We also continued our high rate of deployment that's approximately $117 million in nine different transactions, comprised of seven new and two existing portfolio company investments. We invested approximately $90 million in senior secured loans and approximately $20 million in senior secured notes. Our five largest investments during the quarter reflect our diversification strategy and include the $20 million investment in Globecall [ph] a satellite communications equipment manufacturer comprised of a $15 million senior secured loan and a $5 million equity investment, a $17 million senior secured loan to OneSky, a private aviation company, issued warrants to us in connection with the financing,, a $16 million senior secured loan to Double Play, an outdoor advertising company, $15 million of senior secured notes to Trade Finance, a finance trade receivable specialist and a $15 million senior secured loan to an existing portfolio of company. New investments made in the fourth quarter had a weighted average effective yield of 10.3% compared to a 9.6% average yield for the investments that we exited during the quarter, netting a 70 basis point improvement.

In Q4, the $59.1 million of investments we exited included a $14 million senior secured loan to Isola, a $13 million senior secured loan to AGS and then $11 million senior secured loan to InterWest. Our overall effective portfolio yield increased to 10.9% at the end of the fourth quarter.

Now, I will turn the call over to Paul for a more detailed report on our fourth quarter financial results. After Paul's comments, I will provide some additional perspective on what we are seeing in the market. Then we will take your questions. Paul?

Paul Davis

Thanks, Howard. We are pleased with our results for the three months ended December 31, 2013. As you can see on slide 12, total investment income was approximately $21 million. Per share total investment income was $0.66 which included peak income of $0.04 per share and prepayment income of $0.06 per share. As we have mentioned in prior calls, it is our general policy to amortize upfront economics on debt investments rather than recognize all the income at the time the investment is made.

Cash income from the aircraft leases of $0.04 per share was offset by depreciation expense of $0.02 per share reducing the company's taxable income.

Total operating expenses for the quarter were approximately $4.7 million, or $0.15 per share. We also accrued dividends on the preferred leverage facility of $0.4 million, or $0.01 per share. Our annualized operating expense ratio, including preferred dividends and excluding incentive compensation, was 4.2% of average net assets.

Incentive compensation, which is subject to a total return hurdle of 8% annually, is calculated by multiplying net investment income after preferred dividends and net realized gains reduced by any net unrealized losses by 20%. Incentive compensation from net investment income for the quarter was approximately $3 million or $0.09 per share and incentive compensation on realized gains was $0.3 million, or $0.01 per share.

For purposes of computing incentive compensation, realized gains on investments acquired before January 1, 2013 are measured by comparing investment disposition proceeds to the fair value of the investments at January 1, 2013 when the incentive compensation period began. For book purposes, our reserve amount is also calculated based on any additional incentive compensation that would have been payable had we liquidated at net asset value on the balance sheet date.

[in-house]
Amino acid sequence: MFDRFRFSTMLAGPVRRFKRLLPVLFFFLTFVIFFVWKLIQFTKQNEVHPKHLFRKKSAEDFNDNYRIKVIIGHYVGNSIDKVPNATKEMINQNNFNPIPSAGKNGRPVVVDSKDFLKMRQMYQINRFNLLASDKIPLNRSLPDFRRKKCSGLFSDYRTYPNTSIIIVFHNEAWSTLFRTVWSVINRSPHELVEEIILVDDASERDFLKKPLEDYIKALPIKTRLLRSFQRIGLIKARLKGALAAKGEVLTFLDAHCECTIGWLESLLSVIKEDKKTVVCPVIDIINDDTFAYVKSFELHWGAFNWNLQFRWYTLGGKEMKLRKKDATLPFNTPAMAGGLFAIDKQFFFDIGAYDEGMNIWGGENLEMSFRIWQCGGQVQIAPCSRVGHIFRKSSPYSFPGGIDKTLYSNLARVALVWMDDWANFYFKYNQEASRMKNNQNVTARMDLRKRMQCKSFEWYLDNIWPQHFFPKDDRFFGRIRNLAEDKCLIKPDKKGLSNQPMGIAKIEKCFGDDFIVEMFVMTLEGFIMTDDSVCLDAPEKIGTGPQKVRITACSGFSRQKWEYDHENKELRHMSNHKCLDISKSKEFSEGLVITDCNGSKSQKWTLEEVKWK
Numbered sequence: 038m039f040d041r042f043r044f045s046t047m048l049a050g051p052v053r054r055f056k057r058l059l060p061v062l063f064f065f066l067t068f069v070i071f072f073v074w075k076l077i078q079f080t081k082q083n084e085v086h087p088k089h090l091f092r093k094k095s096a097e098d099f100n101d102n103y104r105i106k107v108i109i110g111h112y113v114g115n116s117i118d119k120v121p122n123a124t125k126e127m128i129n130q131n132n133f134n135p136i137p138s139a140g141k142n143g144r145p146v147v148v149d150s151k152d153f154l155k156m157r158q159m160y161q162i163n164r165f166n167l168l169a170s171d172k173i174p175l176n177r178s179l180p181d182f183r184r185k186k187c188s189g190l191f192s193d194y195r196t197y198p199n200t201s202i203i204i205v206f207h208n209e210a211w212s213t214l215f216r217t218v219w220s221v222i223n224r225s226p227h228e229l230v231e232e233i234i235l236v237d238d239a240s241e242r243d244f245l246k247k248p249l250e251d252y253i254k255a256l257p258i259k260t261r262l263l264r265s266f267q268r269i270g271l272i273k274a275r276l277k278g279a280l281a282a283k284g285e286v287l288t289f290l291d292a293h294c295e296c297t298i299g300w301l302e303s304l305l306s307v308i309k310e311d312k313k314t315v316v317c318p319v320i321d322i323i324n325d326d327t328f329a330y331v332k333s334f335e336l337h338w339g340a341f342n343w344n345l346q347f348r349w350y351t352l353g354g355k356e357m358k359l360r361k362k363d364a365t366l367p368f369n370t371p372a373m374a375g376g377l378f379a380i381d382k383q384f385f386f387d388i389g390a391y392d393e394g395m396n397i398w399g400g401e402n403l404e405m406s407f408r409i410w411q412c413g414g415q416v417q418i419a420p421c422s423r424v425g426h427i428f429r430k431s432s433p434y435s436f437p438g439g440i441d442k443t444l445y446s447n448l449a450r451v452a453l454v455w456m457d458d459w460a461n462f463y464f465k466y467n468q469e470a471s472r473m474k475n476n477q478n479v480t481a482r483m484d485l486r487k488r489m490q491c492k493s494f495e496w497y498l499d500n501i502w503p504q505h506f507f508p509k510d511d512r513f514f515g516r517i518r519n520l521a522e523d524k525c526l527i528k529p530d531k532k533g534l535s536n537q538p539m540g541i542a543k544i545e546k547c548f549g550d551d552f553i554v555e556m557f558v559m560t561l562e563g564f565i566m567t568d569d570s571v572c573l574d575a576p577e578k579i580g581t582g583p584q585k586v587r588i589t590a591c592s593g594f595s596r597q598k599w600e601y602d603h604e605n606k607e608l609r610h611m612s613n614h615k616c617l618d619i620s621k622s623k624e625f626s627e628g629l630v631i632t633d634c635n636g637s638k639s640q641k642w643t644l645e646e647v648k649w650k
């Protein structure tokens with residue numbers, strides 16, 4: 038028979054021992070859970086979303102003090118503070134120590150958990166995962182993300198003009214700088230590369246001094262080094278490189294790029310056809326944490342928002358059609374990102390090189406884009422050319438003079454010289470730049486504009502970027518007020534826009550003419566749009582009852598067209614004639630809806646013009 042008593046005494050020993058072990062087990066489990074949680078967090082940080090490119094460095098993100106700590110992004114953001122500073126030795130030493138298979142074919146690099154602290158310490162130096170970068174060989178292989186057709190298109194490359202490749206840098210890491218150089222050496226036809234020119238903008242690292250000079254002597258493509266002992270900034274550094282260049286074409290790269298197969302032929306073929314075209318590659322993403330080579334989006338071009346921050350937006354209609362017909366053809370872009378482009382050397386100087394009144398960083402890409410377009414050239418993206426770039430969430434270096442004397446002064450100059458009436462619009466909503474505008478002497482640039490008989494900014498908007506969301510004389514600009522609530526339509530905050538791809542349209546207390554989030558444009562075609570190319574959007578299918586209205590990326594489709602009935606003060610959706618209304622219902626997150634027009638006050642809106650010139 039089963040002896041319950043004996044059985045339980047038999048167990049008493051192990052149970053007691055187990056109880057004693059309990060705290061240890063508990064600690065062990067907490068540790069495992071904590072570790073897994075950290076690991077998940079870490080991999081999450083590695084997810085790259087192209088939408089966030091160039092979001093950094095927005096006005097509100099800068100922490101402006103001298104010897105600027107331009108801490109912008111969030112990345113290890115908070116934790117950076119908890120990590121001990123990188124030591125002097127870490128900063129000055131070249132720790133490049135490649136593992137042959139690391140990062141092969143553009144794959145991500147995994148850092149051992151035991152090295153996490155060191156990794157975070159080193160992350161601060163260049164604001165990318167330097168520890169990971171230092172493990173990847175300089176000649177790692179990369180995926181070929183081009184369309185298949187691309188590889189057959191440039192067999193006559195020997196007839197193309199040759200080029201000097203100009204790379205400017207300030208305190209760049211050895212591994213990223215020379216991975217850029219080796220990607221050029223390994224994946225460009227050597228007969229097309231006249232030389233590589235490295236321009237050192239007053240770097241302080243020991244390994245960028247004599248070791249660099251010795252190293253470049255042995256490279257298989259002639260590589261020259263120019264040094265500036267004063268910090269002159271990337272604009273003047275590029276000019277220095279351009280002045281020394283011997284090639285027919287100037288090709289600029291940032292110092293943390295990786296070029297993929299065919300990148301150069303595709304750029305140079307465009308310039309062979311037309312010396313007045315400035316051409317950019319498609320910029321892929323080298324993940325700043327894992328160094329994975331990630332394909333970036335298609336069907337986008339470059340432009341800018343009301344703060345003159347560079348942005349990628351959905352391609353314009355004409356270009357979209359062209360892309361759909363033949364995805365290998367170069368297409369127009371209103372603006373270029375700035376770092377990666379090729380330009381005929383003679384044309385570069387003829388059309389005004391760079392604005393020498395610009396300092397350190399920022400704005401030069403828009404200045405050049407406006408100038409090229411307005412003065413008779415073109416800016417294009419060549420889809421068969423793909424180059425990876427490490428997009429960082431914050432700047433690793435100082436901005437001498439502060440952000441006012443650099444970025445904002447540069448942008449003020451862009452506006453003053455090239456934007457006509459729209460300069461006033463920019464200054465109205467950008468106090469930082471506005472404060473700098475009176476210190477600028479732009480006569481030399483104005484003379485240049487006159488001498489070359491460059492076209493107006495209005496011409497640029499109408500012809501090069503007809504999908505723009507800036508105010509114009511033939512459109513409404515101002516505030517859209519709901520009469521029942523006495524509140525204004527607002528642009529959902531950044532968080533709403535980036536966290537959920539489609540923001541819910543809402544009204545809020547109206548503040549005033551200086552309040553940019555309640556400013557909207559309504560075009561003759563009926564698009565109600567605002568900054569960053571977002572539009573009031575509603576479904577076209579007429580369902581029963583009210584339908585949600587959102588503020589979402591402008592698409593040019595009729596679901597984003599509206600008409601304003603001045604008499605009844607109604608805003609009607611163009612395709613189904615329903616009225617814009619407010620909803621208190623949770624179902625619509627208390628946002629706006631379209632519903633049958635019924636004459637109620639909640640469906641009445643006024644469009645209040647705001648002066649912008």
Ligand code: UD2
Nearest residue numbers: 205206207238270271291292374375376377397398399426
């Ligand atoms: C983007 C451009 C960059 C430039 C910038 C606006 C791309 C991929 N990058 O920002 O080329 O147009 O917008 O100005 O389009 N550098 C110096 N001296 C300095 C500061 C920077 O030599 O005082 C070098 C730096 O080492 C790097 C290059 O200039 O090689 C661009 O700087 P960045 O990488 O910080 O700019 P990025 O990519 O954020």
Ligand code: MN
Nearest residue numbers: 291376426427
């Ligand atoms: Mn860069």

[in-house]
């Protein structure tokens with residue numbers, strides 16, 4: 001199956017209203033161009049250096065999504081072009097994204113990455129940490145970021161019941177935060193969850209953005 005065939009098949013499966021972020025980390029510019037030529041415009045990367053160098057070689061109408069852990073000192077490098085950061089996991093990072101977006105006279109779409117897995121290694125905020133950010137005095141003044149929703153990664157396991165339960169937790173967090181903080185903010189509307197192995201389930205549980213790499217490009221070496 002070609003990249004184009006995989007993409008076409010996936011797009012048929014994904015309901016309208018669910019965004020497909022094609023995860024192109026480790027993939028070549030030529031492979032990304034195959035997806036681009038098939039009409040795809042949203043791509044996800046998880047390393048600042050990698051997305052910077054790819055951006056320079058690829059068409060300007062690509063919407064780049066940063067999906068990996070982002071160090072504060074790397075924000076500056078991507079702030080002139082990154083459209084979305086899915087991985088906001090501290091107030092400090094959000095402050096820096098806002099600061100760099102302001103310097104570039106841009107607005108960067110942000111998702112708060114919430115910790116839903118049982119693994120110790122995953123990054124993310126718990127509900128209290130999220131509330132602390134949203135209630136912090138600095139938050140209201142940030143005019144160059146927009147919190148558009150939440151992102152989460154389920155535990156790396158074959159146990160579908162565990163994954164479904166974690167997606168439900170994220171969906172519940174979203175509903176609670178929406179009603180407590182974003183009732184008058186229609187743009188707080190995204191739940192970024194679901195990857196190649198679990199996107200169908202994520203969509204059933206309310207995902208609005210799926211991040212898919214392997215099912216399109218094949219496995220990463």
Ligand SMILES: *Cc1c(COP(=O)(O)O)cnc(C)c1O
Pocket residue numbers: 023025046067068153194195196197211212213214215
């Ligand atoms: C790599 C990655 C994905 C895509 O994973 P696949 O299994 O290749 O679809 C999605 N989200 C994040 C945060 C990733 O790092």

This reserve is not payable unless the associated gains are actually realized and is subject to reversal. At December 31, 2013, this reserve amount was approximately $1.2 million, an increase of $0.3 million, or $0.01 per share from the end of prior quarter.

Net investment income before excise taxes, dividends on the preferred equity facility and incentive compensation was approximately $16.3 million, or $0.51 per share. Excise taxes for the period were just under $1 million, or $0.03 per share. Net investment income after excise taxes, preferred dividends and incentive compensation on net investment income was approximately $11.9 million, or $0.38 per share. The difference between this amount and our net increase in net assets from operations of $0.46 per share was primarily comprised of three items, net realized and unrealized gains of approximately $3.1 million, or $0.10 per share, the change in reserve for incentive compensation of $0.3 million, or $0.01 per share and incentive compensation on realized gains of $0.3 million, or $0.01 per share.

Net realized losses were $44.6 million and net unrealized gains were $47.7 million, primarily due to a charge of $45.1 million from the tender of our equity in Bally Total Fitness. The tender price was slightly higher than the fair value at the beginning of year and had a de minimis impact on net asset value. The initial Bally investment was acquired at a significant discount as part of our legacy distressed debt strategy and generated substantial cash interest income. The Bally realization contributed to our capital loss carry forward and loss deferrals which at year-end were combined $105 million. Basically this means that our shareholders will not be subject to any capital gains tax on our realized gains up to the amount of the deferrals.

As a reminder, when we mark our portfolio at the end of each quarter, substantially all of the portfolio is priced using external sources such as market pricing services or independent valuation services, with only a de minimis amount being priced internally. As of December 31, 2013, the quality of our portfolio remained strong, with no debt investments on non-accrual status. After paying our fourth quarter regular and special dividends, which totaled $12.7 million, we closed the fourth quarter with tax basis undistributed ordinary income of approximately $24.2 million.